Everything is easier when it’s temporary, including goodbyes.
I felt this way in San Diego, leaving behind my family. I felt this way in Illinois, leaving behind Jamie and Leann. Now I feel it again in Phoenix, leaving behind a new friend of a different nature…probably exactly what you’re thinking…someone whose unexpectedness of advent and loveliness of personhood I keep trying to find another adjective for, and can only come up with “special.” Special the moment he spilled wine all over my computer, special everything since. Special in the delicate, personal way of fingers on skin. It was something I’ve always wanted and for some reason, this time, wasn’t afraid of.
Maybe because I knew I’d be leaving in two days.
Driving away from wherever I’ve been, I always feel sad. I watch the people I’m leaving behind them shrink unbearably out of my view, and wish that I could be the one for them always, that I was, for a while–companion, friend, babysitter, housekeeper, and now this.
I’m not sad for them, because I know that someone else will come along for them, who will help and comfort them better than I can. Someone who will have exactly who they need, and will stay.
I almost said “can” stay. But that would be disingenuous. Because I know that this thing I do is a choice. Just like being a Christian, or staying a virgin until marriage, is a choice. I could take the other road any time. But I won’t.
That’s the sadness I feel in leaving–the sadness of what I’ve chosen. That I can’t be what they want, or need, and I want them to have whatever they want and need. I want to make them happy and grateful and free and safe, the way I feel when I’m with them. And when I say can’t, I guess I mean won’t.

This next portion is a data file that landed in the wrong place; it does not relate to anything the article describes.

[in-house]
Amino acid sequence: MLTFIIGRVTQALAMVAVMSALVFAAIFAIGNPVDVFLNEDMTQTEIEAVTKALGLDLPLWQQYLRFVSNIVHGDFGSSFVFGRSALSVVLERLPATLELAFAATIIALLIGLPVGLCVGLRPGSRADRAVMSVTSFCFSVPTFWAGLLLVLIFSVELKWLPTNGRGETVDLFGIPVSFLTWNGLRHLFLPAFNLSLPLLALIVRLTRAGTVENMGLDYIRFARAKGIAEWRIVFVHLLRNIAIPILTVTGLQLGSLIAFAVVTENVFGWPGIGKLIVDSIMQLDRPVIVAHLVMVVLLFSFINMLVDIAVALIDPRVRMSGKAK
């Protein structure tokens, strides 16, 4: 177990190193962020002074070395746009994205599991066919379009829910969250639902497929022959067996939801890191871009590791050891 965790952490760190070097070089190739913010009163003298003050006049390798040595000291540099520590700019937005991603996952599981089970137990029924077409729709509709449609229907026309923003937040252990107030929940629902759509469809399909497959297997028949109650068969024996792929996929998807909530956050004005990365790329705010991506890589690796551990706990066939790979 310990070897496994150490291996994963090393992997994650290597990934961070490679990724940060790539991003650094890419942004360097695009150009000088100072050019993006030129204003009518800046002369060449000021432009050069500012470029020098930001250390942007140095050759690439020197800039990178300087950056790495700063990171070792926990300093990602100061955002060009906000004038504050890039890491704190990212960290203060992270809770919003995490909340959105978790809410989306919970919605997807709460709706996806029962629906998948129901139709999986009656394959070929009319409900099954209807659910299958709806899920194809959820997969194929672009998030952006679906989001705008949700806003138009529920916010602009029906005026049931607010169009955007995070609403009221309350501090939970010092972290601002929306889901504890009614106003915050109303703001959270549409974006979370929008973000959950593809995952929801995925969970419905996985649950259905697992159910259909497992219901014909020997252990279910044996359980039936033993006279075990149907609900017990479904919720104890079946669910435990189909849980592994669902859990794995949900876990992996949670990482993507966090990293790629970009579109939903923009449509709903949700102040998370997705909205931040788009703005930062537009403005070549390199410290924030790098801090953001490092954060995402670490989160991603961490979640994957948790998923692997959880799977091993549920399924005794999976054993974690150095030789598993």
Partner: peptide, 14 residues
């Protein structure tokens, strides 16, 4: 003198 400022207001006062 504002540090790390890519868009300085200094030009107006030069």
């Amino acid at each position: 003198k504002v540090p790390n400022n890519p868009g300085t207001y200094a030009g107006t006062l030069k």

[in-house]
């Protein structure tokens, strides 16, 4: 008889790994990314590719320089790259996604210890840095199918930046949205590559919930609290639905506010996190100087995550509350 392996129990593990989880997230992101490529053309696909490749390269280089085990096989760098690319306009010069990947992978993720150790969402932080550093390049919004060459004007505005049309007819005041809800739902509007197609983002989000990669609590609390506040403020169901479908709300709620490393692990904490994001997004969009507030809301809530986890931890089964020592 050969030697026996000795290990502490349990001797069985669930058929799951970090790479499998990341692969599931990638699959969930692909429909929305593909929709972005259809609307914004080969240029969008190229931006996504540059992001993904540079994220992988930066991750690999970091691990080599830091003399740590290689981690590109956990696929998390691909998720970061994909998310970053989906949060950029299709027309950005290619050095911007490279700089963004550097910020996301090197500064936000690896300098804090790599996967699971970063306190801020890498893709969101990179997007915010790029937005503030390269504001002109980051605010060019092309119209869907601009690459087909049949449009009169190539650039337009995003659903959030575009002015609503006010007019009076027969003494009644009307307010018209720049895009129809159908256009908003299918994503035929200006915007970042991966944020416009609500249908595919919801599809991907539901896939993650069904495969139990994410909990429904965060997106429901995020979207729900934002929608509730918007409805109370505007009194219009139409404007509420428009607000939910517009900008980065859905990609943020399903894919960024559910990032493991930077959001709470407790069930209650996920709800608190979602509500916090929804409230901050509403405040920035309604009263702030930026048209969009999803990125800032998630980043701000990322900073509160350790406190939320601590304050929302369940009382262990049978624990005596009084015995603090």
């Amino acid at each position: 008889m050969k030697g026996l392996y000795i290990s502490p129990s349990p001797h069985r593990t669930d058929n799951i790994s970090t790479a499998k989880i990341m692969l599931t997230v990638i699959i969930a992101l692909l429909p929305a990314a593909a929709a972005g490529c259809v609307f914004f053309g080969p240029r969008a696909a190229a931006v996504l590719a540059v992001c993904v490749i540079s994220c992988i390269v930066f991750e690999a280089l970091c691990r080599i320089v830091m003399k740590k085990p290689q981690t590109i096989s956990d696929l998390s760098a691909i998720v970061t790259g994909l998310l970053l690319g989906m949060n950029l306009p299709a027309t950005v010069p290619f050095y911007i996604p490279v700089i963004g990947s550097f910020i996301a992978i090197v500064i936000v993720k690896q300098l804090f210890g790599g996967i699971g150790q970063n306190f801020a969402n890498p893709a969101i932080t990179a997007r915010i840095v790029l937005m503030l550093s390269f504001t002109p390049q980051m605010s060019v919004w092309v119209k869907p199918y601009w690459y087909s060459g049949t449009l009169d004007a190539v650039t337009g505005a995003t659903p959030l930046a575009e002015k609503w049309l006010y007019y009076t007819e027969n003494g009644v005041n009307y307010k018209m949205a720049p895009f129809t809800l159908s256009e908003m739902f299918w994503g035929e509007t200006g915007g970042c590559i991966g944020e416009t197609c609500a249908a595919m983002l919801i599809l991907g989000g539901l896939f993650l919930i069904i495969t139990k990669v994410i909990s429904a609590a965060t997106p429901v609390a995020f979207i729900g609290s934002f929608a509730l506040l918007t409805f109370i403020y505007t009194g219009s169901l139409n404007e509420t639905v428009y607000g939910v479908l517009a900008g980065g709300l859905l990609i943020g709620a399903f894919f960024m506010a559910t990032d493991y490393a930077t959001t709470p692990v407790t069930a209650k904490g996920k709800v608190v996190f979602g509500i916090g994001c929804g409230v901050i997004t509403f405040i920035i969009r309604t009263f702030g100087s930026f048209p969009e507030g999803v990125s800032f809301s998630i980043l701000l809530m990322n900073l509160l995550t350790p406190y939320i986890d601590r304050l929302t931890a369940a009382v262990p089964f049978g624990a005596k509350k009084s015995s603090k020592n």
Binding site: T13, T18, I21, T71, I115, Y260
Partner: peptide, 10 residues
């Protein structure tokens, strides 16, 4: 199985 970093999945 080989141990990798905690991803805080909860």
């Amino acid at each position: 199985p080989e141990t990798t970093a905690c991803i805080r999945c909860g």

Why won’t I?
Because of something I believe, I guess. And sometimes, as wheels or wings throw them farther out of my reach, making them unbearably small in my view, I’m not exactly sure what this thing I believe is.
Last night we went dancing at the Duce, possibly the best swing dancing venue I have ever had the pleasure to attend. Better than the Spanish Ballroom, better maybe even than Cat’s Corner. We drank and danced and quickly gave up trying to learn the tranky-doo. Afterward, we sneaked into Biltmore Hotel pool and swam in our underwear. I lilted up onto my back, everything submerged but my eyes, nose, and two of my ribs. The muted whispering of the water in my ears grew a pulse as I extended my arms slowly overhead, then brought them back to my sides, fingers spread like feathers. I realized that I hadn’t been swimming in forever, and I remembered how as a kid, it was the only thing like flying. I traversed the length of the pool and back, staring up at the queen palm trees backlit in gold, and I thought,
“What right do I have to be here? I don’t do the privileges and outsize glories of my life any kind of justice. Someone else ought to be here, not this scared and distractible and often lazy little girl that I can’t stop being, no matter how I resolve or how hard I work.”
Nonetheless, it’s me that is here in this life. In those other people’s lives, it’s someone else. Maybe someone who feels just as unworthy of being in theirs as I do in mine. Maybe it’s best that way. I don’t know.
It’s me I feel sad for, when I leave. Lovely and special people like them will always attract the people who want to give them what they want. I want it to be me, and yet how can it be? I can’t give everything to everyone I fall in love with. The only thing I have enough of is the wish to do it.
What I want is to have someone tell me they would do anything for me, so I would know where to direct the everything I have to give. Yet again, I don’t want that–I can never give back enough to repay someone giving up everything for me.
I stared up at the dry darkness and traced the path of an airplane against the dry black sky, and I wondered what I was feeling. Something with equal parts sadness and happiness, strangely devoid of fear, and something of entirely its own nature that I didn’t recognize. Something mysterious. And then I thought that’s what I’m feeling. This is mystery.
These goodbyes have been so resolved, so blessedly but brutally complete. Then again, who knows? But I can’t regard them as anything but complete. Hope is like water–taking in too much will kill you, no matter how thirsty you might be.